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Introductory Apiculture – Journal Article Assignment November 1, 2012 Jenn van Tol 1. Breed M.D., S. Perry, and L. B. Bjostad. 2004. Testing the blank slate hypothesis: why honeybee colonies accept young bees. Insectes Sociaux 51 (1): 12-16. 2. (a) This article has been cited 34 times. (b) cited references: 32.

for example.2 Guard bees have the task of excluding bees that are not part of their colony from entering the hive. To test these hypotheses. As controls. mature foraging bees were collected from various hives. as they could be attempting to rob honey or nectar. eggs. These compounds are picked up by bees from their nest environment (specifically the comb). The unwashed forager bees and those washed with distilled water were generally rejected by the guard bees. Third. They were quantified by an earlier part of this experiment. they will be accepted. there could be a chemical marker on the hive bees which would be taken up by the young bees as they emerge. as young bees may not have developed the distinguishing chemical markers of another hive. whether acceptance or rejection. Why are these bees not rejected? In this paper. Individual foragers were then paired with a guard bee from a different colony. hexadecanoic acid or brood pheromone. specifically free fatty acids. In fact. where a NaOH and dichloromethane mixture was used to wash mature and newly-emerged . and over time produce the same marker as their hive-mates. Second. However. and shaken with sodium hydroxide (NaOH). a common method of adding a queen to a queen-less colony is by adding her as a larvae within a queen cell. The NaOH wash was used to neutralize and remove chemicals on the bee’s surface. larvae and pupae or even newly emerged worker bees will not be rejected if introduced to the hive. First. and a third group of workers were not washed. Some were placed in vials. and their behaviour was observed. other workers were “washed” with distilled water. the researchers proposed and investigated three possible ways young bees avoid detection as outsiders. they might produce a pheromone and stimulate acceptance by other bees. whereas the NaOH-washed bees were generally accepted.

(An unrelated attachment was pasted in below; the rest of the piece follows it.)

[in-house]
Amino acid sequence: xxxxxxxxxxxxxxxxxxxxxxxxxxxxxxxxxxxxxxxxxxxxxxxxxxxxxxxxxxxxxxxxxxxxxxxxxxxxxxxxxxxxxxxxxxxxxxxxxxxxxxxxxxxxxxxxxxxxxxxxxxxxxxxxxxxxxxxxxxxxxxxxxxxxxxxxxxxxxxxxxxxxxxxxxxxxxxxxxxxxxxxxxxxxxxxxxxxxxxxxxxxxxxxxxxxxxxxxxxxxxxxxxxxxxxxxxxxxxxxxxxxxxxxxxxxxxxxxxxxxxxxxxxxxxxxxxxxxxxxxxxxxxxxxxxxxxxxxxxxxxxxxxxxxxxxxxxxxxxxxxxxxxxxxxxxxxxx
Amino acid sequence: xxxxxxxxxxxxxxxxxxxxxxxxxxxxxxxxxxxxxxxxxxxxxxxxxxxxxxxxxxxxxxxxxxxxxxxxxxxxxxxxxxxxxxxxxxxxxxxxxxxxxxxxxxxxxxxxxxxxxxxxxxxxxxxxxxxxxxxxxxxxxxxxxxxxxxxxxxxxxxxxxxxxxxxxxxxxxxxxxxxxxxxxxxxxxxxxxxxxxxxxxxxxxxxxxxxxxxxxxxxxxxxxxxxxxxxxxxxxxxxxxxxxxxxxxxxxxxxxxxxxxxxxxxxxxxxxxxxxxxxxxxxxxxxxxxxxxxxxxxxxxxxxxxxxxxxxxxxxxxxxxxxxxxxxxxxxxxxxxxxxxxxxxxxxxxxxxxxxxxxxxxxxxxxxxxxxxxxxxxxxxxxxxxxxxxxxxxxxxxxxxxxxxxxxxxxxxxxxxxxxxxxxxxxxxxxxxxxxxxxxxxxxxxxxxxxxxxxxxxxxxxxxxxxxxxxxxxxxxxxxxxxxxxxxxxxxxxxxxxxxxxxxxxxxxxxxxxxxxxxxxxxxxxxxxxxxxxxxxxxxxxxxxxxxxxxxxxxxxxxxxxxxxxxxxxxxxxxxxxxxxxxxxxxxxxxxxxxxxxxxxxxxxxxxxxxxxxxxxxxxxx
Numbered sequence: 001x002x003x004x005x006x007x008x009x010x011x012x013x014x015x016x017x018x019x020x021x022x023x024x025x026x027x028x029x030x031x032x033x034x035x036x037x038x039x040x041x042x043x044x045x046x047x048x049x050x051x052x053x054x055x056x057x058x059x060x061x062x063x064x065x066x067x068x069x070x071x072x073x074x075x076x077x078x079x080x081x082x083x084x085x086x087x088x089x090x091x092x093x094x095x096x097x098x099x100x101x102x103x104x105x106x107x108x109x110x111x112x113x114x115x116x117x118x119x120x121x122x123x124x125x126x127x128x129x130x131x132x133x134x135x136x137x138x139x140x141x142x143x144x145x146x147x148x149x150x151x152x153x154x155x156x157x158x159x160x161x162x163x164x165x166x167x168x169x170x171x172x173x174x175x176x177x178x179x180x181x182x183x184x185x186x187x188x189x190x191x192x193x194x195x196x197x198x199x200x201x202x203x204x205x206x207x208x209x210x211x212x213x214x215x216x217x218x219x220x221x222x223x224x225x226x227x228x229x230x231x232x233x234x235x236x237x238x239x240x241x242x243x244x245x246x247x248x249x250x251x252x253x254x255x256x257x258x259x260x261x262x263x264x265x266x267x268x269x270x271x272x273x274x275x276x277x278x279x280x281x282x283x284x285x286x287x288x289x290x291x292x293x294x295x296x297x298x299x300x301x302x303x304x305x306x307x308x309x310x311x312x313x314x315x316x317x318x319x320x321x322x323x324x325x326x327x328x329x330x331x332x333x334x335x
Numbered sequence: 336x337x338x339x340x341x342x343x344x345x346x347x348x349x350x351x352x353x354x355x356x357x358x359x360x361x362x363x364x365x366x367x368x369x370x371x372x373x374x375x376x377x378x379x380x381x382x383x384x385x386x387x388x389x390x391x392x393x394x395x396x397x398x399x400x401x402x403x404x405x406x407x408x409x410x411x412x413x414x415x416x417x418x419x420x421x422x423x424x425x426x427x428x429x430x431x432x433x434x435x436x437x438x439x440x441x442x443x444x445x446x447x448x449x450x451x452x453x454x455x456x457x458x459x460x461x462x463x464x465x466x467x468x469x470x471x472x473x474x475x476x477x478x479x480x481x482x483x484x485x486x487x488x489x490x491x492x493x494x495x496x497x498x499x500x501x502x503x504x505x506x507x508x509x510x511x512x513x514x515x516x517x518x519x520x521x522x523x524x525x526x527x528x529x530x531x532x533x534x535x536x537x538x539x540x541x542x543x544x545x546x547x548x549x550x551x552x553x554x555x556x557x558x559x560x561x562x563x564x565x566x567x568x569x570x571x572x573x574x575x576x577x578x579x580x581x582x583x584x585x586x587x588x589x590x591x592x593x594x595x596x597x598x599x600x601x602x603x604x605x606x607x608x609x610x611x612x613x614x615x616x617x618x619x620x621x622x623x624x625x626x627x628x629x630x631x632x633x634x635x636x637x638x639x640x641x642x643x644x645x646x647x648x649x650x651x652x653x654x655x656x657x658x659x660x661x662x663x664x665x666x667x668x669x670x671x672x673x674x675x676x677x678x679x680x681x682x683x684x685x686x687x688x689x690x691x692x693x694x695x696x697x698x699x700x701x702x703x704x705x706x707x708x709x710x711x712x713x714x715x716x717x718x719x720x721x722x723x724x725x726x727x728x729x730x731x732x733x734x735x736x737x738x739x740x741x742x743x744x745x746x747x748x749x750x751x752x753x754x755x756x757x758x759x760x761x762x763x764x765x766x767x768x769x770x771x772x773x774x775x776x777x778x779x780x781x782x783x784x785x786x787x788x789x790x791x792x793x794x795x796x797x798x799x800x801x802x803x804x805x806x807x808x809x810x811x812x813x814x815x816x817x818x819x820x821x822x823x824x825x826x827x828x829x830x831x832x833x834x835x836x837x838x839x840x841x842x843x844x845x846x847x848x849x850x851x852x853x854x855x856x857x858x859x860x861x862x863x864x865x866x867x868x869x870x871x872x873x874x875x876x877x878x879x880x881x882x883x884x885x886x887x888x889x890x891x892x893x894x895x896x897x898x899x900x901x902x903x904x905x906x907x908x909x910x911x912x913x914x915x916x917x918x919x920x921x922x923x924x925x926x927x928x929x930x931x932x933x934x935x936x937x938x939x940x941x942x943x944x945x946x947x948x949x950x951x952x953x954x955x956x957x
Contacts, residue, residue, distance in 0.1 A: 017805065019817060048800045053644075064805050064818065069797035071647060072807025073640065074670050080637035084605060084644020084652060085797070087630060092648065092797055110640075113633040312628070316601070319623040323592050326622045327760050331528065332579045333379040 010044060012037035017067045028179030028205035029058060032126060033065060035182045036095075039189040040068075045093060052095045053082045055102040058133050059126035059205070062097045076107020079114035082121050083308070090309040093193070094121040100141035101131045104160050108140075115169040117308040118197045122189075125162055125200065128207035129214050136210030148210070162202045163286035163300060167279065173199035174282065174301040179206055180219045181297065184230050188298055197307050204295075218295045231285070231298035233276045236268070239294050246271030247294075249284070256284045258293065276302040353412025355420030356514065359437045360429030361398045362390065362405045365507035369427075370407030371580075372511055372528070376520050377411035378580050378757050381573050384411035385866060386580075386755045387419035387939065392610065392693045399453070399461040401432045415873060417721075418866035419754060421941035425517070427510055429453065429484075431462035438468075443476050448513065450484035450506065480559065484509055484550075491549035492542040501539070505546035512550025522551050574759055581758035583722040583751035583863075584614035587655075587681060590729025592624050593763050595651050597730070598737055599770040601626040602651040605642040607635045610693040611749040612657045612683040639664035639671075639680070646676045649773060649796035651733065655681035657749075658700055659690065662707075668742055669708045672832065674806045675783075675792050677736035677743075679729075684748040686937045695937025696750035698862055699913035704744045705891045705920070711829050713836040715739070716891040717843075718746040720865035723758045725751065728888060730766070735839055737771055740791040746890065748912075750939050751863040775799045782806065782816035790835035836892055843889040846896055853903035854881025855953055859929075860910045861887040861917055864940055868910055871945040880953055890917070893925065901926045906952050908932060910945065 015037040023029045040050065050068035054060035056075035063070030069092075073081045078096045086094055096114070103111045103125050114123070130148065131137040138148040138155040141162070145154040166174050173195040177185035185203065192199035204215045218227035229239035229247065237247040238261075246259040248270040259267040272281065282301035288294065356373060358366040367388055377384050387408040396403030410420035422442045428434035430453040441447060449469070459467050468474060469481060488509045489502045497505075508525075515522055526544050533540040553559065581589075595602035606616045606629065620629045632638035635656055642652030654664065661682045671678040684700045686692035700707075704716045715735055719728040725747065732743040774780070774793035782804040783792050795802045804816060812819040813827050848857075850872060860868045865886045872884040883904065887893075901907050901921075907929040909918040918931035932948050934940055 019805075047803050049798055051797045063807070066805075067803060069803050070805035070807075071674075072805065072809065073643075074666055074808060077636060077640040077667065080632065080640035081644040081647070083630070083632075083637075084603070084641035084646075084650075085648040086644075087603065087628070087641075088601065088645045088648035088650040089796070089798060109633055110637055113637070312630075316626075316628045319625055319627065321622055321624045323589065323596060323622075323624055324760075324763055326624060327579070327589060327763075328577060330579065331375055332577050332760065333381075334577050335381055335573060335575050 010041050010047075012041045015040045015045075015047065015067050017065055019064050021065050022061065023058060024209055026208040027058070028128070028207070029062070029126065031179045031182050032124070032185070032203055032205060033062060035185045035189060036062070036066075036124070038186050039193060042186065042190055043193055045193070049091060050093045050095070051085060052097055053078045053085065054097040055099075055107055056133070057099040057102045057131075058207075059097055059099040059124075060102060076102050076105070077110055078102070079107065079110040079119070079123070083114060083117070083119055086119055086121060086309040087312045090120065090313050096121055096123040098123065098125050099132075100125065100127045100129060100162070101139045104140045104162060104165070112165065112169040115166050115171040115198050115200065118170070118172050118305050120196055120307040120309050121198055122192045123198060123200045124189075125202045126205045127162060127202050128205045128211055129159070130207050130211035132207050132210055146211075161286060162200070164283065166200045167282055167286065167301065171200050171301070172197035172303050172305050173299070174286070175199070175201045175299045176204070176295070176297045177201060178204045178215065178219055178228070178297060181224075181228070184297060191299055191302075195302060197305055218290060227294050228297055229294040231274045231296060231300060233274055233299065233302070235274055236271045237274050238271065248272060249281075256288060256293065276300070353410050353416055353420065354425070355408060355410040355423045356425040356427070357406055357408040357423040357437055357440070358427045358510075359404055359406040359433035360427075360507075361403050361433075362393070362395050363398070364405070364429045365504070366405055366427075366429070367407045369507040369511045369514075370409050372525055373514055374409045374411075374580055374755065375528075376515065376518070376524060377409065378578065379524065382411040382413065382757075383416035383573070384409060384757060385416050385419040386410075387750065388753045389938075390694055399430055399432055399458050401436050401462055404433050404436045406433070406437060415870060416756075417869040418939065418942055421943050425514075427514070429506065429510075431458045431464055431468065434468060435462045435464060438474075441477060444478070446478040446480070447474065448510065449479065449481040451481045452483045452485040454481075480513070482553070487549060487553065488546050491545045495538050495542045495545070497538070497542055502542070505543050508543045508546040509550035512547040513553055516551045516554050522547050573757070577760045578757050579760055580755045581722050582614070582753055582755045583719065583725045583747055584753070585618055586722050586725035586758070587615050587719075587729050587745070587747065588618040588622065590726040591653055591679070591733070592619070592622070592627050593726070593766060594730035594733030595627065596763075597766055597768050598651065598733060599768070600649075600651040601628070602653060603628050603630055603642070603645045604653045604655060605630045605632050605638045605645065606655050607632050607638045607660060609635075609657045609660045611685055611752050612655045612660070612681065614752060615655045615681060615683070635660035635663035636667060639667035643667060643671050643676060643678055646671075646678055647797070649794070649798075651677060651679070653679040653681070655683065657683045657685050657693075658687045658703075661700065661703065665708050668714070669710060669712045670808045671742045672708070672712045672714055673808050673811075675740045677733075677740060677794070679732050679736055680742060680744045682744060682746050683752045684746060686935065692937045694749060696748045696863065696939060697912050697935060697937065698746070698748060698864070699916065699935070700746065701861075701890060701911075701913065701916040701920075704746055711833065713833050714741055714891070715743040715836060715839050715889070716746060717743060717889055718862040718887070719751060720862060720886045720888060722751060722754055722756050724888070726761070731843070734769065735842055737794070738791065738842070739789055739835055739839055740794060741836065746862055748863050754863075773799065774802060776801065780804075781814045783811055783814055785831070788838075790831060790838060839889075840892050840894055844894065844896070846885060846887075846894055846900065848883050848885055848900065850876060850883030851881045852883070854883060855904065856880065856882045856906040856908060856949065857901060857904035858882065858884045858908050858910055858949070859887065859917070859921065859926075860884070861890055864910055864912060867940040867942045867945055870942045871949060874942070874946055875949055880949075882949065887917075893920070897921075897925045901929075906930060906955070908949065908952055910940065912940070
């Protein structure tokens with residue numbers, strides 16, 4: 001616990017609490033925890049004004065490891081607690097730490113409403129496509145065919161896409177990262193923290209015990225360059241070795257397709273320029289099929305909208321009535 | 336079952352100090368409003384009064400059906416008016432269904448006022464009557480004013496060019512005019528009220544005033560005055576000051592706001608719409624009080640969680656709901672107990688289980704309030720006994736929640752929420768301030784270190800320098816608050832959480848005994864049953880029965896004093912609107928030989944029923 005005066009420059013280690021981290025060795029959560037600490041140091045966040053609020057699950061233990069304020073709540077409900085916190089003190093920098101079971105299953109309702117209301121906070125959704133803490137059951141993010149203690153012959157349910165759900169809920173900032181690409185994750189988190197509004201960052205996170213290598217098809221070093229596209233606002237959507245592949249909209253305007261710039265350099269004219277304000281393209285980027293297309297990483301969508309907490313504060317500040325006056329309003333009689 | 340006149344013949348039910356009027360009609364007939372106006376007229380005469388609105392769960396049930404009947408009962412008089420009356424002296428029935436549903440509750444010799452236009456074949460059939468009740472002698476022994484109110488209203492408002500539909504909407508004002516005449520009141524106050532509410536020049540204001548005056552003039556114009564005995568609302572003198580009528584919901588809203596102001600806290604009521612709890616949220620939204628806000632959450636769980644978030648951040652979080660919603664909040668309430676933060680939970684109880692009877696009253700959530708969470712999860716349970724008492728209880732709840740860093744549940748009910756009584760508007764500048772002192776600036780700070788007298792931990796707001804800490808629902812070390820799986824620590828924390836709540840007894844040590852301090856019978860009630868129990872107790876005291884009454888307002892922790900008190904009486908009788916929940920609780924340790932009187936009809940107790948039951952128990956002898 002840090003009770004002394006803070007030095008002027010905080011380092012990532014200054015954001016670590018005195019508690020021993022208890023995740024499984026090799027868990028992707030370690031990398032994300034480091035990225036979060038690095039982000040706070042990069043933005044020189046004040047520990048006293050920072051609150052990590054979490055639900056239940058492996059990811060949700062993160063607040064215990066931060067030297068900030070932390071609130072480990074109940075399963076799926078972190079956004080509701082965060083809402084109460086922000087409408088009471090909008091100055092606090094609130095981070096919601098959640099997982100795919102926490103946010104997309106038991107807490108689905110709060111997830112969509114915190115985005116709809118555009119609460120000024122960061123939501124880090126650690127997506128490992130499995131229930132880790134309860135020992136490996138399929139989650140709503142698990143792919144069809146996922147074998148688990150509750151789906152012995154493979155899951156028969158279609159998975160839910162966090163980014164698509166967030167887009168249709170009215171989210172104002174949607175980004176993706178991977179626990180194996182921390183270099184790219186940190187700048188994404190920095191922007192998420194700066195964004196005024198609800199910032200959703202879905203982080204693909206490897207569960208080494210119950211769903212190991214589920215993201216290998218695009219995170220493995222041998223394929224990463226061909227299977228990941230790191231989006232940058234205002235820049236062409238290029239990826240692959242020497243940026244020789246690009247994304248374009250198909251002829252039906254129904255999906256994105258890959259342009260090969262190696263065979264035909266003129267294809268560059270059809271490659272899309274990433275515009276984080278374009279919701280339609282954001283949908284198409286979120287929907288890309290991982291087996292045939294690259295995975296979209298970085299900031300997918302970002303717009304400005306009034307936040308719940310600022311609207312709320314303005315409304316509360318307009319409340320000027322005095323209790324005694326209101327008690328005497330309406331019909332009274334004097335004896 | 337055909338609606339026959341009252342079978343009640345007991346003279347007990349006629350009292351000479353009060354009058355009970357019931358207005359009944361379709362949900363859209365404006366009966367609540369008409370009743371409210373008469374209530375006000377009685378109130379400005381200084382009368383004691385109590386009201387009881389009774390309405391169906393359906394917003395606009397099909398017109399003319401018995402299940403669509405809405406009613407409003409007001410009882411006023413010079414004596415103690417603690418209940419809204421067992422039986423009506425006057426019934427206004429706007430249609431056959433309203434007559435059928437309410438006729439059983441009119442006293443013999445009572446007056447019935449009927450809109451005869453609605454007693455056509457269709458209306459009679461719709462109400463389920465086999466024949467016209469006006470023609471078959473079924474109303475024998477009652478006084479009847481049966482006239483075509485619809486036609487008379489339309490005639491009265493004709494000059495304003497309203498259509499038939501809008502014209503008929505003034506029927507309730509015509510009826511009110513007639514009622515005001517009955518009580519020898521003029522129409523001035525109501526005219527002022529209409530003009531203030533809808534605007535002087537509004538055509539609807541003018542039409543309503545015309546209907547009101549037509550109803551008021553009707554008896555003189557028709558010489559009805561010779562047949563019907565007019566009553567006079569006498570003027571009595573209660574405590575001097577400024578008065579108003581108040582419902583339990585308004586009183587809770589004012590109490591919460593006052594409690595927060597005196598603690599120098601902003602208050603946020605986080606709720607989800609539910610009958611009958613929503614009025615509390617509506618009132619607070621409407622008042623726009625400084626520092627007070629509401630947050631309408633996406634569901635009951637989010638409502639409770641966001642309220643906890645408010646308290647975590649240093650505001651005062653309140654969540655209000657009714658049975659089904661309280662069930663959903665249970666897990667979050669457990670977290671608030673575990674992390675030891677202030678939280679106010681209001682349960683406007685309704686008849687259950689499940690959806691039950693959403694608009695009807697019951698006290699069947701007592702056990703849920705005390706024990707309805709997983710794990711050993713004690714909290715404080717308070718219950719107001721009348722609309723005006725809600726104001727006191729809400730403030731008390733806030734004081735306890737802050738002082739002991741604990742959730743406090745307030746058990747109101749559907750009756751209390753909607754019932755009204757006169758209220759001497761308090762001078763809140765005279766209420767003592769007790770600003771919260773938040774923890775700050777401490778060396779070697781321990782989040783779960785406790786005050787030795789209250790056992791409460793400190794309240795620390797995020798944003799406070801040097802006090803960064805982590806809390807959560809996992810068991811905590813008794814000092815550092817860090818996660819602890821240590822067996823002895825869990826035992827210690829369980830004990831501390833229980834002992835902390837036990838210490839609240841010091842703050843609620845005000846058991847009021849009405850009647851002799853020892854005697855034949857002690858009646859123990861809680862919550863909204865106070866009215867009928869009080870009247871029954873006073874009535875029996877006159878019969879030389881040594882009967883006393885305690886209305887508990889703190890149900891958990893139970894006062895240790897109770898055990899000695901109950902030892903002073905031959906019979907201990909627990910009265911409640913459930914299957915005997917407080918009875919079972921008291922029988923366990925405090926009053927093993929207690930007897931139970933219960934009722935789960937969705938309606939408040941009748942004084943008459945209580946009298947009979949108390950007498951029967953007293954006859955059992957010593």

3 workers. and testing the response of other bees if they are removed. However. . research could be done to determine if a single chemical is responsible for the aggression between worker bees of different colonies. The END. I liked this paper because the researchers take an intuitive and yet very simple approach: isolating the chemicals on the surface. the other two are not completely eliminated – they may still contribute to acceptance. I appreciate that the researchers acknowledge this. in the experiment described prior. and by doing so invite others to continue investigating. and although the third hypothesis is strongly supported. in conclusion. This is supported by the discovery. For example. reaching beyond the world of the honeybee. and even with the interaction of parasite and host. It adds a context to the research done. to compare and contrast with similar processes in the relationships of other social insects. or if it results from the overall interaction and “differentness” of these chemicals. I also like how this article is expanded. the results are not as clear as they could be. and various surface markers were isolated and compared. than if the markers are present. and this probably contributes to the so-called “blank slate” allowing their acceptance. mammals and birds to unrelated young of their species. that the removal of surface chemicals from older worker bees allows them to be accepted much more easily by guard bees. Newly-emerged bees have much lower levels of all surface fatty acids and hydrocarbons.